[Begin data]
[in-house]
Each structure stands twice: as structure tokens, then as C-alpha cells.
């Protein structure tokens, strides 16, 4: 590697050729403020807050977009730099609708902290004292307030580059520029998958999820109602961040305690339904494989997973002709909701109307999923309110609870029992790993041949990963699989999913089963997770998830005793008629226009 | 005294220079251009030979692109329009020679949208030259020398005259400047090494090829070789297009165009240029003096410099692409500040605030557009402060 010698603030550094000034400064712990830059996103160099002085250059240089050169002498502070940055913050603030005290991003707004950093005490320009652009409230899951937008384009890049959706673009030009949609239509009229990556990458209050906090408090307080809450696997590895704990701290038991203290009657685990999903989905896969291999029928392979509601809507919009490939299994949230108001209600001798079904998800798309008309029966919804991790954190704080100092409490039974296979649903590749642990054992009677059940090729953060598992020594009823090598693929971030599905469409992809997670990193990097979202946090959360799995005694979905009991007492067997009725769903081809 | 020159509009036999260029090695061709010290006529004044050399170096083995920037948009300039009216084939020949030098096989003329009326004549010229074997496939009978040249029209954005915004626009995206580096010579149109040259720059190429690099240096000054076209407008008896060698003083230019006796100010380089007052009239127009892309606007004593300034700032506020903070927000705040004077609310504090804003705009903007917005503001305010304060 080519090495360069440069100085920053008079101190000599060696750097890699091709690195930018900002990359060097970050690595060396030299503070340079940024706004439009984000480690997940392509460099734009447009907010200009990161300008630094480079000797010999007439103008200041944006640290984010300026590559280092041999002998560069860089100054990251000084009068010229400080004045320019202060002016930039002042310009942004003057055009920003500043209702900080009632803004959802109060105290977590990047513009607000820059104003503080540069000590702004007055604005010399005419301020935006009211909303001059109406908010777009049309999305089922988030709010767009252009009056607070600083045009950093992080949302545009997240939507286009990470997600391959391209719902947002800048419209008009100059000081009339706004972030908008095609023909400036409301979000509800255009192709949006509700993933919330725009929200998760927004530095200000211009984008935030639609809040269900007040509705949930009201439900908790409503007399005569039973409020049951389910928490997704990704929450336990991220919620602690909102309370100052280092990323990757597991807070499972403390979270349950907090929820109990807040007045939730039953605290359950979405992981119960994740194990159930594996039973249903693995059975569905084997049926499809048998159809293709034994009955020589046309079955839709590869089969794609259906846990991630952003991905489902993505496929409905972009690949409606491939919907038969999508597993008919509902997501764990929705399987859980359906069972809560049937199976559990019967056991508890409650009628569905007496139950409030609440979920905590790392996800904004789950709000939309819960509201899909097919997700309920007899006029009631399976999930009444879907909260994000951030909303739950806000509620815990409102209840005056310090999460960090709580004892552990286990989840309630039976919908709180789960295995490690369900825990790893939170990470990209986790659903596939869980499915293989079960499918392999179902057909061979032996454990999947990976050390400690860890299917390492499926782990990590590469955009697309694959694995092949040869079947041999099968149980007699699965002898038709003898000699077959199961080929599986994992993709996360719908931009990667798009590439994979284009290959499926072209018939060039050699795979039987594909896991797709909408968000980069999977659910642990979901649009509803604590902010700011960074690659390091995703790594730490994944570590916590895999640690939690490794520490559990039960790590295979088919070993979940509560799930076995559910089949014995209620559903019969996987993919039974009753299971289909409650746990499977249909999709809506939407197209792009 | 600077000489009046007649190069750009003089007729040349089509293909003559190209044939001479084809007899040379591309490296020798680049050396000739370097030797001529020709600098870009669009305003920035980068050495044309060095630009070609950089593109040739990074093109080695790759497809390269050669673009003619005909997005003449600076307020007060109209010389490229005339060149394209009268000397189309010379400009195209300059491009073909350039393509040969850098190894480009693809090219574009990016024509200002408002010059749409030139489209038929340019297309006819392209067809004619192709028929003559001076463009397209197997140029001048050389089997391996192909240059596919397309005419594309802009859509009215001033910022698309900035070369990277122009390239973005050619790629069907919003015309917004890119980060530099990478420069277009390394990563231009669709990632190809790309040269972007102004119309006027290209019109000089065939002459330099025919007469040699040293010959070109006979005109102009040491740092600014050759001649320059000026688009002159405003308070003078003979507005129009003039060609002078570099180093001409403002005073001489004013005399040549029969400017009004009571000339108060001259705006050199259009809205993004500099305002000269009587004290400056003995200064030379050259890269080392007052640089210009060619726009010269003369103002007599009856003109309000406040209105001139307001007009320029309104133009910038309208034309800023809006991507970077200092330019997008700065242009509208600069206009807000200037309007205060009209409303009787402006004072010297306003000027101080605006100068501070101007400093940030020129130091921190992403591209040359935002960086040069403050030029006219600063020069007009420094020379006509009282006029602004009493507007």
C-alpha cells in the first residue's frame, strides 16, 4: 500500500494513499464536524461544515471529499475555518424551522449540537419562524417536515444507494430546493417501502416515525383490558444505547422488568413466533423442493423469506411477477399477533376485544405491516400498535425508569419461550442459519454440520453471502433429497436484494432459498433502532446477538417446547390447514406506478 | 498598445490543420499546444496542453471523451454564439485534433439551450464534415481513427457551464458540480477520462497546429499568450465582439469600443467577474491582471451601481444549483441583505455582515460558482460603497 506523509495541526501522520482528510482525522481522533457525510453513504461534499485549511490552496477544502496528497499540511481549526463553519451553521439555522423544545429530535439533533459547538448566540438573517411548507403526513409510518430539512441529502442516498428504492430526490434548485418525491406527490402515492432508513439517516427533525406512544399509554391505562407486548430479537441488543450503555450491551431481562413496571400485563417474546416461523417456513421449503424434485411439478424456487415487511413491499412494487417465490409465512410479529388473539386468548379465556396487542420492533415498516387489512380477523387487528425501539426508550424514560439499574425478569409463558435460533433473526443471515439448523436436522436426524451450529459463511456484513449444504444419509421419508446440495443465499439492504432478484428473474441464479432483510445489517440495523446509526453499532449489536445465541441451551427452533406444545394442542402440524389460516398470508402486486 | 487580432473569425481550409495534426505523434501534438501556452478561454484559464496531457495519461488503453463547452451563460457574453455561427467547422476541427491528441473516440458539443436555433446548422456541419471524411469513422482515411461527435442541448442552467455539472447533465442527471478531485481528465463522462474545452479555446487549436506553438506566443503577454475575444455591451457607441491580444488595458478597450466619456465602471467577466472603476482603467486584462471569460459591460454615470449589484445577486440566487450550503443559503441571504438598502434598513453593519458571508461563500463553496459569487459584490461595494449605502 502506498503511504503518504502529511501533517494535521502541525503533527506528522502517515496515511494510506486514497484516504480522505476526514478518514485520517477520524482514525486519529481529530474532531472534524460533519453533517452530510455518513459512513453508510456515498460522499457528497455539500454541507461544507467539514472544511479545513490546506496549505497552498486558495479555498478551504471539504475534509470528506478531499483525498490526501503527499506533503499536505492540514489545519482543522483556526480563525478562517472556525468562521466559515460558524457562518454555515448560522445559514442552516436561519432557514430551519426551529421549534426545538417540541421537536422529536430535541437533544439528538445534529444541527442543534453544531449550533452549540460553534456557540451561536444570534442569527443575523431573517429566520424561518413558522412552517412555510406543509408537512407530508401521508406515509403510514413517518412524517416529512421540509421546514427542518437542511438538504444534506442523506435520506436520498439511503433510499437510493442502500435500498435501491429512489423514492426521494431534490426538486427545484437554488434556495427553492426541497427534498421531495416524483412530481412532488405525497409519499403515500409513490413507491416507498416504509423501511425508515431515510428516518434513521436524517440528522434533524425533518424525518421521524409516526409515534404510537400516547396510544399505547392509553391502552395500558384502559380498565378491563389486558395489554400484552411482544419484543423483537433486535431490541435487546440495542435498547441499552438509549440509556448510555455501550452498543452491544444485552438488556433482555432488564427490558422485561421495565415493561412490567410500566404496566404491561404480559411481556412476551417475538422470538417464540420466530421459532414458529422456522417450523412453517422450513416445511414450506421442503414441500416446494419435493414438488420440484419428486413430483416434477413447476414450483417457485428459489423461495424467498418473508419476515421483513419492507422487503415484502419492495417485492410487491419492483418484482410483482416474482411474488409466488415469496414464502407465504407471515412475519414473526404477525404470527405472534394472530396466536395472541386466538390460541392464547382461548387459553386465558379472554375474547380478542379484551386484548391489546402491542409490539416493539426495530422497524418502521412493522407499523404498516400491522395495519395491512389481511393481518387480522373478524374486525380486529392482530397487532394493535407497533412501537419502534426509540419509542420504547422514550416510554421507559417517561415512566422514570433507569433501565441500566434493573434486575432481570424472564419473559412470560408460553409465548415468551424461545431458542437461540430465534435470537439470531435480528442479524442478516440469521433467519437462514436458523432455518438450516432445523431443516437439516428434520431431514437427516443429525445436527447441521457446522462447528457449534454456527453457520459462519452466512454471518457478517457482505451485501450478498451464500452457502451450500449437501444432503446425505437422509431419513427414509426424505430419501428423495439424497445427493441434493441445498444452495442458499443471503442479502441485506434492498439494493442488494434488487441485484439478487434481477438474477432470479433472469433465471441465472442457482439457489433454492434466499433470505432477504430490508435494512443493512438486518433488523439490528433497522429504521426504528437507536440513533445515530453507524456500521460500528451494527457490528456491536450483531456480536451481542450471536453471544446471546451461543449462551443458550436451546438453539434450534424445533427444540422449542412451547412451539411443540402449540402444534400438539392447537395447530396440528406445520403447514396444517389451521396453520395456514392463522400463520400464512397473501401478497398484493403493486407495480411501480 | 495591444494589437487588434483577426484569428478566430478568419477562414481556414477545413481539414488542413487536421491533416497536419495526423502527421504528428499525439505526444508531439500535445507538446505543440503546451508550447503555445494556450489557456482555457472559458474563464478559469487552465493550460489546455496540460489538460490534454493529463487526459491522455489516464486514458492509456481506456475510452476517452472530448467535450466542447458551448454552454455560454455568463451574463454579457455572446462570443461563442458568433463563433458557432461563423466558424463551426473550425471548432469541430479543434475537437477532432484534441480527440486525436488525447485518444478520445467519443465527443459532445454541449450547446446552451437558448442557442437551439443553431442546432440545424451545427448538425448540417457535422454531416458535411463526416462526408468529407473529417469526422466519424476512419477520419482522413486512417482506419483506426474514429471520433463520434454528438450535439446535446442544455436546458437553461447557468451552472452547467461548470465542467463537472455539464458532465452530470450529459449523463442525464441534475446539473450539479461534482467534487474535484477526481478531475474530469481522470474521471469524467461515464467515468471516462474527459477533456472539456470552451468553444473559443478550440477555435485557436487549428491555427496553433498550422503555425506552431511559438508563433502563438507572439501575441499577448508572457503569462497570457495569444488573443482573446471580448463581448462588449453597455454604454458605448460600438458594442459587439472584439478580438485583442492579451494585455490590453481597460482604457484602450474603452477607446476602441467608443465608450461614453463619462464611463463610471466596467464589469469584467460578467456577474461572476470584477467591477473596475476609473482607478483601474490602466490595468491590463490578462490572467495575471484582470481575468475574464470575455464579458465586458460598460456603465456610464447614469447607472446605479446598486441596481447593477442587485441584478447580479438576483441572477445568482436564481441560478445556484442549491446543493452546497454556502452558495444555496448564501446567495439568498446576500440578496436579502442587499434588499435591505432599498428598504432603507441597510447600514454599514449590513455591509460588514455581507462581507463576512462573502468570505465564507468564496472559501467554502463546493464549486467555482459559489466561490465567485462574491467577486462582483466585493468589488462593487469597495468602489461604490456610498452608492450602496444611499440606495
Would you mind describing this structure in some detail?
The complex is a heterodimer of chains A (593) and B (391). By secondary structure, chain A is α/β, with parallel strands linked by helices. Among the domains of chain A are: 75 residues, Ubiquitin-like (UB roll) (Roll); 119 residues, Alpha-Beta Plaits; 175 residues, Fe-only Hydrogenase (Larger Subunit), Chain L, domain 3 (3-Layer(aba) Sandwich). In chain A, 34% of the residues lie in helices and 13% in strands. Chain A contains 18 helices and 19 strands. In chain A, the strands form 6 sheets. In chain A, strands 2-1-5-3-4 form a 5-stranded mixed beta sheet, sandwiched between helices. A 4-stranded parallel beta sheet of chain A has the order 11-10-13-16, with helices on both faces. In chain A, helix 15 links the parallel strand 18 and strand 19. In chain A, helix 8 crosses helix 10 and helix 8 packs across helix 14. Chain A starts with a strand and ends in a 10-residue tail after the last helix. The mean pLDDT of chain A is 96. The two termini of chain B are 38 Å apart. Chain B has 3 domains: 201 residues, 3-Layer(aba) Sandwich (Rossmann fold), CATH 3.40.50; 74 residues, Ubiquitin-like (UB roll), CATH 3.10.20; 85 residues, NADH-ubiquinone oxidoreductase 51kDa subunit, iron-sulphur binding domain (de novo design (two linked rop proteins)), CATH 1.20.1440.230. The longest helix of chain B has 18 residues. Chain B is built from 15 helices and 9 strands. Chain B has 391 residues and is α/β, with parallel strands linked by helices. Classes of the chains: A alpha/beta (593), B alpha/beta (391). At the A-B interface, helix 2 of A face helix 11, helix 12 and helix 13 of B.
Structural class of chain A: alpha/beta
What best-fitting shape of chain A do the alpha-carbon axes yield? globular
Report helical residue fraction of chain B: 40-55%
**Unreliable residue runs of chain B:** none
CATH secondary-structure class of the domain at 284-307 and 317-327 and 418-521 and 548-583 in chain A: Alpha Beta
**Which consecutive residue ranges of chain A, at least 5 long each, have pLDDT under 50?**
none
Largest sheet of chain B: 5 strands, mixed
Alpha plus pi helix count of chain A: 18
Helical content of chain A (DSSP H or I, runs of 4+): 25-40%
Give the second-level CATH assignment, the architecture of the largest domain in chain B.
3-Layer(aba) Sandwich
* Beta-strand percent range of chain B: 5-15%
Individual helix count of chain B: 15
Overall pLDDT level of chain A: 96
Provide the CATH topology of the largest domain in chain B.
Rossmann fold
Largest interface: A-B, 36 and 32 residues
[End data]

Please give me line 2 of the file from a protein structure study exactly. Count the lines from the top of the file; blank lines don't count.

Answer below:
Each structure stands twice: as structure tokens, then as C-alpha cells.